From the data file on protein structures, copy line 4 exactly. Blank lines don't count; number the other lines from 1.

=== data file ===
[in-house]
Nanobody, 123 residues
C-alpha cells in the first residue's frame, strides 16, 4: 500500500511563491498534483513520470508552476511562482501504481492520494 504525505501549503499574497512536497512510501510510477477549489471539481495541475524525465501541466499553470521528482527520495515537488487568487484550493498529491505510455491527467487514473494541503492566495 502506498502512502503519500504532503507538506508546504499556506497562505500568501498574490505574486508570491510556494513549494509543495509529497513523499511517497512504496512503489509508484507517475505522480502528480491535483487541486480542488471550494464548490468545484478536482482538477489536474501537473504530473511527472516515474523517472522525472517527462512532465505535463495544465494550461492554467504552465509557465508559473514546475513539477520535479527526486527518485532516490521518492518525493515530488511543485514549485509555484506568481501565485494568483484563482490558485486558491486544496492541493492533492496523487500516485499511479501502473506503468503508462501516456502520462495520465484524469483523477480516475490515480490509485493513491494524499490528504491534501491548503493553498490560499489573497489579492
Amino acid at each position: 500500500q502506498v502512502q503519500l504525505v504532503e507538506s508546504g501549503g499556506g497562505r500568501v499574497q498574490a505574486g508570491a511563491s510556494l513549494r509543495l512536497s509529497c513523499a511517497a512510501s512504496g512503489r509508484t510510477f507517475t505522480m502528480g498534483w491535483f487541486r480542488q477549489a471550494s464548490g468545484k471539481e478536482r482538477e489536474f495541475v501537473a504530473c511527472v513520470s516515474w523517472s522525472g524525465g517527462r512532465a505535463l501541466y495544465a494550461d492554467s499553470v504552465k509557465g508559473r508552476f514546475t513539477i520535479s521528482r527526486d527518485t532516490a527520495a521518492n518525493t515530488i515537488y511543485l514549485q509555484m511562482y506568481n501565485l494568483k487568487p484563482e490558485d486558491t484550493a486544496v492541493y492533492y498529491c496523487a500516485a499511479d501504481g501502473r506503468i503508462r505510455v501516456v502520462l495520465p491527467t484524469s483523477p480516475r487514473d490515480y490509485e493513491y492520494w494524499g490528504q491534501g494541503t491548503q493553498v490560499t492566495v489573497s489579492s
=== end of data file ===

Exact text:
Amino acid at each position: 500500500q502506498v502512502q503519500l504525505v504532503e507538506s508546504g501549503g499556506g497562505r500568501v499574497q498574490a505574486g508570491a511563491s510556494l513549494r509543495l512536497s509529497c513523499a511517497a512510501s512504496g512503489r509508484t510510477f507517475t505522480m502528480g498534483w491535483f487541486r480542488q477549489a471550494s464548490g468545484k471539481e478536482r482538477e489536474f495541475v501537473a504530473c511527472v513520470s516515474w523517472s522525472g524525465g517527462r512532465a505535463l501541466y495544465a494550461d492554467s499553470v504552465k509557465g508559473r508552476f514546475t513539477i520535479s521528482r527526486d527518485t532516490a527520495a521518492n518525493t515530488i515537488y511543485l514549485q509555484m511562482y506568481n501565485l494568483k487568487p484563482e490558485d486558491t484550493a486544496v492541493y492533492y498529491c496523487a500516485a499511479d501504481g501502473r506503468i503508462r505510455v501516456v502520462l495520465p491527467t484524469s483523477p480516475r487514473d490515480y490509485e493513491y492520494w494524499g490528504q491534501g494541503t491548503q493553498v490560499t492566495v489573497s489579492s